GRANTS PASS, Ore. —The future of a Josephine County Fairgrounds building is uncertain as the Flying Lark is terminating its lease. Now it’s up to the county to figure out what’s next.
Grants Pass-based TMB Racing has confirmed it has backed out of its lease with Josephine County for the Flying Lark restaurant. TMB Racing is owned by Dutch Bros co-founder Travis Boersma. He had hoped to have state-allowed gaming at the site.
The Flying Lark, once a central idea of Travis Boersma’s to build a new venture at the Josephine County Fairgrounds, is no more opening up new possibilities.
On Thursday, the Dutch Bros co-founder released a statement saying, “After more than a year of discussions with various businesses, tribes, and financial experts, I’ve made the difficult decision to officially hand over the flying lark building to Josephine County. It’s my hope the asset can be of great value to the community. By terminating the lease, the county is able to exercise its strength in determining the next tenant. This puts the county in the position to gain meaningful income and create a space that benefits Grants Pass and everyone in southern Oregon.”
The long-term future of the location was in doubt almost exactly a year ago when the state racing commission declined Boersma’s gaming efforts at the Flying Lark. He wanted to put historic horse racing machines or HHRs in the restaurant. But the Oregon Department of Justice released an opinion saying the Flying Lark would operate as an illegal casino with HRRs because the games are based on chance and not skill.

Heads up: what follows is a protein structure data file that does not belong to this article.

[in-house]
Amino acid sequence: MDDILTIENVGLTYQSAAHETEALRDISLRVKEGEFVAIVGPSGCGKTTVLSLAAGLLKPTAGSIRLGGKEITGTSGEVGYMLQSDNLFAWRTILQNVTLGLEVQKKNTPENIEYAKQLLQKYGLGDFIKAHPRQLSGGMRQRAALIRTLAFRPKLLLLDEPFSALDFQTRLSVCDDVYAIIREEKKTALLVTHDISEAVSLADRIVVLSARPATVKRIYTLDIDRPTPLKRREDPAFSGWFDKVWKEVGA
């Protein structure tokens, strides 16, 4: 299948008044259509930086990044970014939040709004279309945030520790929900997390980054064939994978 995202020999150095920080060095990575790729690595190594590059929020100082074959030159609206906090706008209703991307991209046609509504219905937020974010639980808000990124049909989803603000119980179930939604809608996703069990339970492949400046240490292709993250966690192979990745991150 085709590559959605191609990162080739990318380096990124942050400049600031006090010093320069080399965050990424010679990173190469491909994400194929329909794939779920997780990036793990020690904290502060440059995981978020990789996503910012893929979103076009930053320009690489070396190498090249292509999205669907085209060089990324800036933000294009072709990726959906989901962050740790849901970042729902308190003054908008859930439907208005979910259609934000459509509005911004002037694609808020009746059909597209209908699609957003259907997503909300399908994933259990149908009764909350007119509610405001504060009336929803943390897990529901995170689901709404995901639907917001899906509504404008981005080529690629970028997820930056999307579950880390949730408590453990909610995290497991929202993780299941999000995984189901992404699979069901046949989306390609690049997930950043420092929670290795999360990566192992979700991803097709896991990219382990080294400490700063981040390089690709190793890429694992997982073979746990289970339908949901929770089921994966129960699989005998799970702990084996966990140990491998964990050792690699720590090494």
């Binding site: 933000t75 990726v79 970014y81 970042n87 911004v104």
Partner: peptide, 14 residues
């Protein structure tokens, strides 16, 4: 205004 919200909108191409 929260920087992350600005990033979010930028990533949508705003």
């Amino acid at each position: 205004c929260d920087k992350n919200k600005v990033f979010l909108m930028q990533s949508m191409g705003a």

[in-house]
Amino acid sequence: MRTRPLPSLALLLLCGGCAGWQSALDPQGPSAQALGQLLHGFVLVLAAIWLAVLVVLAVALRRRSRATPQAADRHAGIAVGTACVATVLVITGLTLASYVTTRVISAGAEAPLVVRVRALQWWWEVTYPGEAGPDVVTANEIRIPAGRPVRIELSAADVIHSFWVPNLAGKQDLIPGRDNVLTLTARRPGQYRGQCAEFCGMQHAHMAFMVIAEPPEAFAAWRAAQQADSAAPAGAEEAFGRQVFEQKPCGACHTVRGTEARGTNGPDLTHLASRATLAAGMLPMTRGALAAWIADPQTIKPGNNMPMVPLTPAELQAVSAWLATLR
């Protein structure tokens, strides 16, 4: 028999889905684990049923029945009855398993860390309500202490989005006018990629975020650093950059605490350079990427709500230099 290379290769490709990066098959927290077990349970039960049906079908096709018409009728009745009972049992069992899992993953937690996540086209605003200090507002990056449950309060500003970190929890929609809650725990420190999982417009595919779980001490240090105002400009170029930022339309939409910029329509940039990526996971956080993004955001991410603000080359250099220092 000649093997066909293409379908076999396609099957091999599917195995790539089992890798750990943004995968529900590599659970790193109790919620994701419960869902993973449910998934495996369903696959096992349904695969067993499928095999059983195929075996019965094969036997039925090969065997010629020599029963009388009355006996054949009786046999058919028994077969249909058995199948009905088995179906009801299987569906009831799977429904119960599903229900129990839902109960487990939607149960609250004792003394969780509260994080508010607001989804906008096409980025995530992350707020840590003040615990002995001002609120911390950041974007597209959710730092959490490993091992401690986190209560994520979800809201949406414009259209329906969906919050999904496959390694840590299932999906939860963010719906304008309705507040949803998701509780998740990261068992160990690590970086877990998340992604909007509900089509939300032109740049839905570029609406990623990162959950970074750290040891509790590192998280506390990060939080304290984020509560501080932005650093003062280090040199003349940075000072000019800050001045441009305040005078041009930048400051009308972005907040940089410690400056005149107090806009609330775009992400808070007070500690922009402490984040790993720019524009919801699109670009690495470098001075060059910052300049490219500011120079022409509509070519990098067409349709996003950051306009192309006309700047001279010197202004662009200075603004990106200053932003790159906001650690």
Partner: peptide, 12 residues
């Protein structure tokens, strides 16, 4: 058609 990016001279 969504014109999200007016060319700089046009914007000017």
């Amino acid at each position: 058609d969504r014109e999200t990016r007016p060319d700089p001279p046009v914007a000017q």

“This book is not closed on the Flying Lark, we’ll work through it, it may be something we just need to pump the brakes,” said Commissioner Dan Deyoung last February.
Despite County Commissioner Dan DeYoung’s positivity last year, and Boersma’s continued efforts, the gaming approval never came. Now the county has to figure out a new plan for the building on the fairgrounds property.
Williams resident Claudia Beausoleil is excited about what could be.
“I look at it as a new opportunity where gambling can be addictive and turning it over to the community for a possible homeless shelter and other opportunities is a good thing,” said Beausoleil.
We reached out to county commissioners for a reaction but they were unavailable for an interview.
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